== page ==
THE PROBLEM OF the place of religion in the American public
school—the “school question”—has never had a settled answer. It was a
question which the framers of the First Amendment of the U.S.
Constitution had no occasion to address and, together with many other
church-state matters, left unresolved. Beginning in 1947, the Supreme
Court began to answer the school question for the nation, and the rate
and certitude of its answers increased in the 1960s and thereafter.
Regrettably, discussion of the legal significance of the school question
often begins and ends with these decisions, as if no conversation of
substance had preceded them.
In his fine book, Steven Green does his part to rectify this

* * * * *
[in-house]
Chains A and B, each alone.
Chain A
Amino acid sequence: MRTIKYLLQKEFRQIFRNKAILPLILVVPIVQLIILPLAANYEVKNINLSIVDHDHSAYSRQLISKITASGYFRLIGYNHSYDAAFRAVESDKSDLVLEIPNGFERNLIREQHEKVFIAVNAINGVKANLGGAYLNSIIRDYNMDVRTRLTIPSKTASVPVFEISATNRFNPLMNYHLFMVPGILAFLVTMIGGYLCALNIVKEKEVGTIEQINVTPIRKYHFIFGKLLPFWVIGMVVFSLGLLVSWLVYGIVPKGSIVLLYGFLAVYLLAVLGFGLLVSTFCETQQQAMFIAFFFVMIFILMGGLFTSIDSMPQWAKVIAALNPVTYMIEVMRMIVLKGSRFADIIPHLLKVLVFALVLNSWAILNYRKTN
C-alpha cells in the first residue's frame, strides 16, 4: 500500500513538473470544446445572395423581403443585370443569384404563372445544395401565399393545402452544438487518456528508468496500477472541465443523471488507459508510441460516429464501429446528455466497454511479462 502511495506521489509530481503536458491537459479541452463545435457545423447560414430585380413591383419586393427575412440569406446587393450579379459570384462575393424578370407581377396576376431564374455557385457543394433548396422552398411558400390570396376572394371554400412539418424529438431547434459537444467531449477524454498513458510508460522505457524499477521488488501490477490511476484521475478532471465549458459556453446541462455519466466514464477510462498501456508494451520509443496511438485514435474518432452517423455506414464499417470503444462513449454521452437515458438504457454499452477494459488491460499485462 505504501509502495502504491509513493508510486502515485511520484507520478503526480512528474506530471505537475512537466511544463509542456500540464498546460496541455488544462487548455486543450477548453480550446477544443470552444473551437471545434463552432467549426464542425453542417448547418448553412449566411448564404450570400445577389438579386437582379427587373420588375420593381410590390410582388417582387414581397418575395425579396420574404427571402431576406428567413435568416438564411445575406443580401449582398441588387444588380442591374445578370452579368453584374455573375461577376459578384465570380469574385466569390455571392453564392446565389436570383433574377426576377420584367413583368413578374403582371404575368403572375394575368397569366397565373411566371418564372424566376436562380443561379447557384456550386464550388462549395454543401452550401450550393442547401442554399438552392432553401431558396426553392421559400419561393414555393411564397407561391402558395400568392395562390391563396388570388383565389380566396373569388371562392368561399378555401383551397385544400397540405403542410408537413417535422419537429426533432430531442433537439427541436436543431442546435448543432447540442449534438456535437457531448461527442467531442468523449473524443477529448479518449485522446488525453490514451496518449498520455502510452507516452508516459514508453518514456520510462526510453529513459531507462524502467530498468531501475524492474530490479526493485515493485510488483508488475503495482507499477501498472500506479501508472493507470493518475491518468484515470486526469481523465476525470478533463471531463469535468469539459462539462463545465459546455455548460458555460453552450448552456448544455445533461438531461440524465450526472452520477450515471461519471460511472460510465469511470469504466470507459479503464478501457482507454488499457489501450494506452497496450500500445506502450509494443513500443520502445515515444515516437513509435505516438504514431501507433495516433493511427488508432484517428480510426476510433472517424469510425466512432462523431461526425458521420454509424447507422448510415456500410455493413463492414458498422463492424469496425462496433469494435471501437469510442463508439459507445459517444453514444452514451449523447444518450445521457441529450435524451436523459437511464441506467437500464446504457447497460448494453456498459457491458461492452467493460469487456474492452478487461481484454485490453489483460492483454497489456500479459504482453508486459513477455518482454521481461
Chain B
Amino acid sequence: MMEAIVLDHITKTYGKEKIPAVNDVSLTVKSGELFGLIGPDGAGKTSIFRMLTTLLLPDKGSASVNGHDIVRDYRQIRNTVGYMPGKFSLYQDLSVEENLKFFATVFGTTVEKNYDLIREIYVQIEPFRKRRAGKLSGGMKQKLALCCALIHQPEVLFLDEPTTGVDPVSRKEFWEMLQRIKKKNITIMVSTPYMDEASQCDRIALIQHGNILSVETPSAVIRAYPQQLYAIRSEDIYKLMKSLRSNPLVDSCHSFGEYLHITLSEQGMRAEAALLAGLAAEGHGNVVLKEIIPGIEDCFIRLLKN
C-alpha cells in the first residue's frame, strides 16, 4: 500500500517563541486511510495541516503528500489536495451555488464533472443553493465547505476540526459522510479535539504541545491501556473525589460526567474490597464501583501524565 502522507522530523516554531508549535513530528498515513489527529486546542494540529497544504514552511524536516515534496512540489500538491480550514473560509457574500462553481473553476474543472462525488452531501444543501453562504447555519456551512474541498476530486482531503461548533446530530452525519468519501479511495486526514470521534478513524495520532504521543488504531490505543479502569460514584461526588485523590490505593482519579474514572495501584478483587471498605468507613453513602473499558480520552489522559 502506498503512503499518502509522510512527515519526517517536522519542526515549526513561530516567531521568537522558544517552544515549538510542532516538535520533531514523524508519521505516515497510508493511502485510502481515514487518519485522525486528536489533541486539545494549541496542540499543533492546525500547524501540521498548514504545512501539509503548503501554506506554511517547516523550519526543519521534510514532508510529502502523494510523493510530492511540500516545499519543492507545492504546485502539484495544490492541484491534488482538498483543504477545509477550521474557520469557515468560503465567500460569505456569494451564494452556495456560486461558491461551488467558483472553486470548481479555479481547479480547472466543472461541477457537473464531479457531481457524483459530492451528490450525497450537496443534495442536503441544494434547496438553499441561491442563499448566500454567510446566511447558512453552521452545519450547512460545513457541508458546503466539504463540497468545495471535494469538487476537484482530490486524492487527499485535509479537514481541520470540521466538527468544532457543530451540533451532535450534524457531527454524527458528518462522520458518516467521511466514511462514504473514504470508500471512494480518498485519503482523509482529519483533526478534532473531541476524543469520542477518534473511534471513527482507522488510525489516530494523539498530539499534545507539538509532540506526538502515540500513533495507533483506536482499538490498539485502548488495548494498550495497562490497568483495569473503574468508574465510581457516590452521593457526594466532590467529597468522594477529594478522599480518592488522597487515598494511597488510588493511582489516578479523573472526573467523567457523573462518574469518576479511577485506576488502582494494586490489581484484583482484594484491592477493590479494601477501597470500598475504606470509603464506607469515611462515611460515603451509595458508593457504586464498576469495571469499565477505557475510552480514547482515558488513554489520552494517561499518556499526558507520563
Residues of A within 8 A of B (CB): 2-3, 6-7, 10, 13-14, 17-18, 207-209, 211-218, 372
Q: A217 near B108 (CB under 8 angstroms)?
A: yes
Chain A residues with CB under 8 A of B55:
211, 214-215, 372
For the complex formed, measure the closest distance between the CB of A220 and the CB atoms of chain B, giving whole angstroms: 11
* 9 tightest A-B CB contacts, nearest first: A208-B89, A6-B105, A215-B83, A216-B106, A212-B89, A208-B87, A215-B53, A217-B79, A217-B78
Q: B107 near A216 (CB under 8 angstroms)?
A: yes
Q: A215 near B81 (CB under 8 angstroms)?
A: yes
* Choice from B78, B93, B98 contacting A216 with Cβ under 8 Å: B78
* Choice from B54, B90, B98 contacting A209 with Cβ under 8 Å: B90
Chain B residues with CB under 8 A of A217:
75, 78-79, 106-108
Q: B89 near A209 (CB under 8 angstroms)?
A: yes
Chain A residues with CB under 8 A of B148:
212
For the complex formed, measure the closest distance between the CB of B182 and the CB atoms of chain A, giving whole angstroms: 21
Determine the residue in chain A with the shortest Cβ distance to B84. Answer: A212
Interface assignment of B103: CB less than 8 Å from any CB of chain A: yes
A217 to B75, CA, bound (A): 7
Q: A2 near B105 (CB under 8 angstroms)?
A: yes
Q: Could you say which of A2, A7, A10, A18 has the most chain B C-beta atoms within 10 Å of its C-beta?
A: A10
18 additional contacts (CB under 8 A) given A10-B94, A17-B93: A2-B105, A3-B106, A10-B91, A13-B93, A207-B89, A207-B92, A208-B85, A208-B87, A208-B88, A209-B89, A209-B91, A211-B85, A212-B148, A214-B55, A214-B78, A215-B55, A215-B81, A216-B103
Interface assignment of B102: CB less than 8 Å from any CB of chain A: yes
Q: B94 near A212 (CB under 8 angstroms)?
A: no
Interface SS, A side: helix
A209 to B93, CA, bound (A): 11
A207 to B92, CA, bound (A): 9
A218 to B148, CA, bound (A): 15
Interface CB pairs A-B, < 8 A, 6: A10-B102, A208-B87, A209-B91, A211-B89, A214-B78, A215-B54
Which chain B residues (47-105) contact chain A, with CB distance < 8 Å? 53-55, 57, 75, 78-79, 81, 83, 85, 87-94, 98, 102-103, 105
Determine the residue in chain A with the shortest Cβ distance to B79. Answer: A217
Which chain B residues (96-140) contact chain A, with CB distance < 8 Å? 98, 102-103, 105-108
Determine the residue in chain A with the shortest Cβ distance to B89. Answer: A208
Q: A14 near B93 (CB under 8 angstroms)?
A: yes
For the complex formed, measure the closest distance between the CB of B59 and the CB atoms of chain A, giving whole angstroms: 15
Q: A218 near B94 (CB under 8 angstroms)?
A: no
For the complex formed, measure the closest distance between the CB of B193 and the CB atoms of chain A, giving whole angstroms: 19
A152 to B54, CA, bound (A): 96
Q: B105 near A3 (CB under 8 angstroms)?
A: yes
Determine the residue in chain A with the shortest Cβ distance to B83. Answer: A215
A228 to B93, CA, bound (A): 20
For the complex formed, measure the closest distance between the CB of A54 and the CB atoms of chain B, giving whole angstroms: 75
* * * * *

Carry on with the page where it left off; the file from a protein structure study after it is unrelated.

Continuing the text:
misapprehension by exploring what have long seemed the dark ages of
American church-state scholarship: the nineteenth century. In measured
tones, Green shows that many of the disagreements about the school
question which we believe are contemporary culture-war phenomena had
antecedents in nineteenth-century debates and exchanges. Our own
controversies about religion and education may not be mere duplications
of the past, but they are surely part of the self-same conversation—one
which, to the chagrin of some and the delight of others, remains